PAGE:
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Ushering in a New Age

Anu Kumar (anukumar0811@gmail.com) is a writer and journalist based in the United States.

1947: Where Now Begins by Elisabeth Åsbrink, translated from Swedish by Fiona Graham, New York: Other Press, 2017; $16.99 (Kindle edition).

In the subcontinent’s history, the year 1947 is a seminal marker. From a wider perspective, however, 1947 appeared a year the world seemed too fatigued after World War II; the task of remaking had scarcely begun. By way of argument, 1945 might be the more significant year, as Ian Buruma elucidates in his book, Year Zero: A History of 1945. This was a year marked by several changes: a time of hope, transformation, and new challenges. A year, Buruma’s own father, captured in Holland by the Nazis and forced to work as a labourer in Berlin, sought a return to “normalcy.”

Åsbrink’s non-fictional work, 1947: Where Now Begins, first published in Swedish in 2016 and now available in its English translation by Fiona Graham, is, like Buruma’s, set in the span of an entire year and is a work of equal ambition. For all its unvarying insistence on dates and facts, 1947: Where Now Begins, also has a surprising poignancy. In an earlier work, translated as And in the Vienna Woods, the Trees Remain (Elisabeth Åsbrink, Och i Wienerwald står träden kvar [Stockholm, Natur & Kultur, 2011]), Åsbrink had revealed the Nazi past of Ikea’s Swedish founder, Ingvar Kamprad, who died recently.

Written in diary form, 1947 offers a chronological look at worldwide events, interspersed with tales of love, longing and hope. If 1945 was the year of new beginnings and idealism, in 1947, in very many ways, the divide between good and evil was made clearer than ever before. As in the 12 subsequent military tribunals in Nuremberg, where, despite the growing differences among Allied powers, Nazi war criminals were tried by American prosecutors. Of special significance in 1947 was the trial of several Nazi regime doctors convicted for multiple war crimes, especially the conducting of “scientific experiments” on their victims, “without the latter’s consent”—words that would lead to their conviction. The trial began later that year also of the Einsatzgruppen—officers of the Schutzstaffel (SS) death squads—who were responsible for the deaths of millions in eastern Europe, including Jews, and those the Nazis classified as dangerous or seen as opponents, that is, communists, partisans, the Roma, homosexuals, and others.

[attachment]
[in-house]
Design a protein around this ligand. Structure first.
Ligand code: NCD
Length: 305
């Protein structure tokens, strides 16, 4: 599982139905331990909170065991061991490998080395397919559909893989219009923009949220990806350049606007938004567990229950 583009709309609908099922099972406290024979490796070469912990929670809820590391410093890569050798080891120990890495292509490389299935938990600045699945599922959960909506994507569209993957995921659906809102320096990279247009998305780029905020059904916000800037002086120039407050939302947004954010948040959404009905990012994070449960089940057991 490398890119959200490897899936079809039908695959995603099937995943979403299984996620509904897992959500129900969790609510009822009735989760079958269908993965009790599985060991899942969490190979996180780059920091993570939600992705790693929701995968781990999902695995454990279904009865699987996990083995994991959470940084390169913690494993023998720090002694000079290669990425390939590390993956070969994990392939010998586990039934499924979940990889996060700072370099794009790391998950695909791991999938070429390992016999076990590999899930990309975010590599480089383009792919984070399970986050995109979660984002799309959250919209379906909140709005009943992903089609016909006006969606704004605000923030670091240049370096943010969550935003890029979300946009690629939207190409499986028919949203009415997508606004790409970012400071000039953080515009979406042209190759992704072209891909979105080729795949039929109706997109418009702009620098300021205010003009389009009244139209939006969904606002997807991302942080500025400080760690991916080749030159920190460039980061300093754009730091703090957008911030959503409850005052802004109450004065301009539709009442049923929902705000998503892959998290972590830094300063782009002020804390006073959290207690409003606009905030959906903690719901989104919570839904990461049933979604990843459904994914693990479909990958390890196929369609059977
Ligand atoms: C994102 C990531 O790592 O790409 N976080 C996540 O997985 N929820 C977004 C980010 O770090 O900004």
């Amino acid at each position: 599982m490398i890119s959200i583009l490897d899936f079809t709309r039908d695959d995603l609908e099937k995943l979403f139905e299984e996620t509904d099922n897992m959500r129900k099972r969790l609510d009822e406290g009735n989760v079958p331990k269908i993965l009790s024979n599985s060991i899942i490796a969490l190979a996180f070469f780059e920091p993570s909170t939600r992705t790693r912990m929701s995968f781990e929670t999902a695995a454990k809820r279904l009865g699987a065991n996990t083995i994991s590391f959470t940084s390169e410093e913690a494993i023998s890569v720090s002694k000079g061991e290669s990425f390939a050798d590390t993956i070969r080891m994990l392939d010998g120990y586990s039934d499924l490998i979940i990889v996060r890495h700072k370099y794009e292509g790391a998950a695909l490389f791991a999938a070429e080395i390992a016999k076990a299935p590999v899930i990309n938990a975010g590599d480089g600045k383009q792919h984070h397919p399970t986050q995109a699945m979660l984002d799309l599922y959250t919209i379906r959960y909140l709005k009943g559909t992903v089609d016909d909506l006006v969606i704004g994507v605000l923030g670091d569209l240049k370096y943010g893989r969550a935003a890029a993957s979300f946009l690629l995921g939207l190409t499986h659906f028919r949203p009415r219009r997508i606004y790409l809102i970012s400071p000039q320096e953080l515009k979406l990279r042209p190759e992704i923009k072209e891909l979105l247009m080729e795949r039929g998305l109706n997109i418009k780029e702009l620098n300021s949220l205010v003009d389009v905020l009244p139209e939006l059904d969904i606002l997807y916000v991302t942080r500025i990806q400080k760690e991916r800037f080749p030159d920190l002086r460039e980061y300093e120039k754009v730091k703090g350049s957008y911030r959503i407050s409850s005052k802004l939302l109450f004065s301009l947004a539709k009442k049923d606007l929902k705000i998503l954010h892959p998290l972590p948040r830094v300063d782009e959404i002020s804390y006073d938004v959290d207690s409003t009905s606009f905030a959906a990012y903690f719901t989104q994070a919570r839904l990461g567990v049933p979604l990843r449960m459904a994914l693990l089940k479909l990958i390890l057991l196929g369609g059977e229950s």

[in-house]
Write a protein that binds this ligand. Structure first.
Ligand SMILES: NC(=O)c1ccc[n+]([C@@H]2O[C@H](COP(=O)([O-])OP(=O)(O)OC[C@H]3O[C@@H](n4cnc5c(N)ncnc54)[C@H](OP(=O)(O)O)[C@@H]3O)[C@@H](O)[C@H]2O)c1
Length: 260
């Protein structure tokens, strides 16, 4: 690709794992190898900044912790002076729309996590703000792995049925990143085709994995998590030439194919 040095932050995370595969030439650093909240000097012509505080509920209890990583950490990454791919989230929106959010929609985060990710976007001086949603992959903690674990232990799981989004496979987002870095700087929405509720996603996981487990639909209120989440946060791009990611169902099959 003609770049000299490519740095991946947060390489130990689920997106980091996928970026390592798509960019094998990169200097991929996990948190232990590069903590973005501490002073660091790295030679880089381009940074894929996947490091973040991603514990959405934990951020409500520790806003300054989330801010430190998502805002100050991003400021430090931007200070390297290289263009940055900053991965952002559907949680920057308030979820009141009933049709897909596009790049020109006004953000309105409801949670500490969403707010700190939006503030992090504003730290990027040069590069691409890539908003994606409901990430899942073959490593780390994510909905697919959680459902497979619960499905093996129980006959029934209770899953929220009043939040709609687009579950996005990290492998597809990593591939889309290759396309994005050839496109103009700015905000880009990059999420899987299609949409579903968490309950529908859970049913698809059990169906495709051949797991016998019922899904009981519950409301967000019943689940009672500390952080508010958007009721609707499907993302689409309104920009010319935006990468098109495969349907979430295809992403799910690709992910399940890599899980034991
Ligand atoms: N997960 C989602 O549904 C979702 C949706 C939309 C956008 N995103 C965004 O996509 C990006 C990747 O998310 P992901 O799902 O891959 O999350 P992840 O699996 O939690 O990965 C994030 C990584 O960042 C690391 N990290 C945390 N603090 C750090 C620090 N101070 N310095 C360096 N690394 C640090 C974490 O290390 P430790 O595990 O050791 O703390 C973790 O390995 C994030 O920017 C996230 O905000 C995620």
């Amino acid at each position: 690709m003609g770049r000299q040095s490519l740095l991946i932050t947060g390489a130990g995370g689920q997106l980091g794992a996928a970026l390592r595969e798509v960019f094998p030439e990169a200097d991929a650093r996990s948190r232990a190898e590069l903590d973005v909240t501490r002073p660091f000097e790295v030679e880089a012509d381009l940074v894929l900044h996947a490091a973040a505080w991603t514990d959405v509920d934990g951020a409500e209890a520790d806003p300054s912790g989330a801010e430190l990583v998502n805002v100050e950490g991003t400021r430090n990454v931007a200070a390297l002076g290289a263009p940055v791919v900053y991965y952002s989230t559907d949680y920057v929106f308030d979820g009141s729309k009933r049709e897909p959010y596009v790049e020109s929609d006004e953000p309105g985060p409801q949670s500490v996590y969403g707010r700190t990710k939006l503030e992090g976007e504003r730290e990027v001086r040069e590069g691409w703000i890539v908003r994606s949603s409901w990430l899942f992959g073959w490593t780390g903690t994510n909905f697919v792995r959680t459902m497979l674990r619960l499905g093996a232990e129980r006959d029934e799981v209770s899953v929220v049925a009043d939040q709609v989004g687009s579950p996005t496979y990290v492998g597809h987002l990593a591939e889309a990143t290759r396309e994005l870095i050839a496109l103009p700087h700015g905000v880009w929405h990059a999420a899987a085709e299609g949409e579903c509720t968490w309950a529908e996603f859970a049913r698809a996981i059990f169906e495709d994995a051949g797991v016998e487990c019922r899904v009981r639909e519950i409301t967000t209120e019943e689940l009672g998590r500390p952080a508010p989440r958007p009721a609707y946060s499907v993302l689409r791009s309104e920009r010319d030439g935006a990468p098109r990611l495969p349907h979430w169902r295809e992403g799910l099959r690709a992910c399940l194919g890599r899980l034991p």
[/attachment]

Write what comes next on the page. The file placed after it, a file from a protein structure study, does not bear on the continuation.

Naming Evil

There were those, who despite opposition, persisted in their insistence that the evil that had occurred could neither be forgotten nor forgiven. For instance, the Hungarian-born American lawyer, Benjamin Ferencz, whose discovery of Nazi-era files relating to the Einsatzgruppen led to criminal proceedings against the latter, at Nuremberg. And Raphael Lemkin, who gave up everything, and worked tirelessly towards the recognition of “genocide,” a term he coined to describe what Winston Churchill had referred to as “a crime without a name.”

Åsbrink’s personal story appears towards the middle of the book, in actual mid-year. In 1947, in a camp for rescued Jewish children in Ansbach, Åsbrink’s father, a 10-year old survivor of Nazi war crimes in Hungary—chiefly committed by the Einsatzgruppen—was faced with a momentous decision: A choice to live in Budapest, the city that had already claimed his father and grandmother, or the promised land of Palestine.

Power, Partition and Pain

In early 1947, war-ravaged and bankrupted Britain’s loss of imperial grandeur came with immense consequences for the regions it had dominated. In the space of only a week, in February 1947, Britain’s government made these momentous decisions, as Åsbrink details:

On Tuesday, February 18, Great Britain relinquishes responsibility for Palestine.

On Thursday, 20 February, the Prime Minister Clement Attlee, announces that the British will be granting India independence.

On Friday, February 21, the Americans are informed that Great Britain will no longer be supporting Greece and Turkey as it did in the past.

The empire is collapsing. The country that once wielded world dominion is now relinquishing it.

The United Nations (UN), on Britain’s request, soon took on the “Palestine question” formally. Yet, even before, several hundred survivors, and émigrés had already begun their journey towards Palestine—“the promised land.” On the ground, in West Asia, it was a far more complicated picture, and Åsbrink’s narrative offers the starkest and most necessary indications.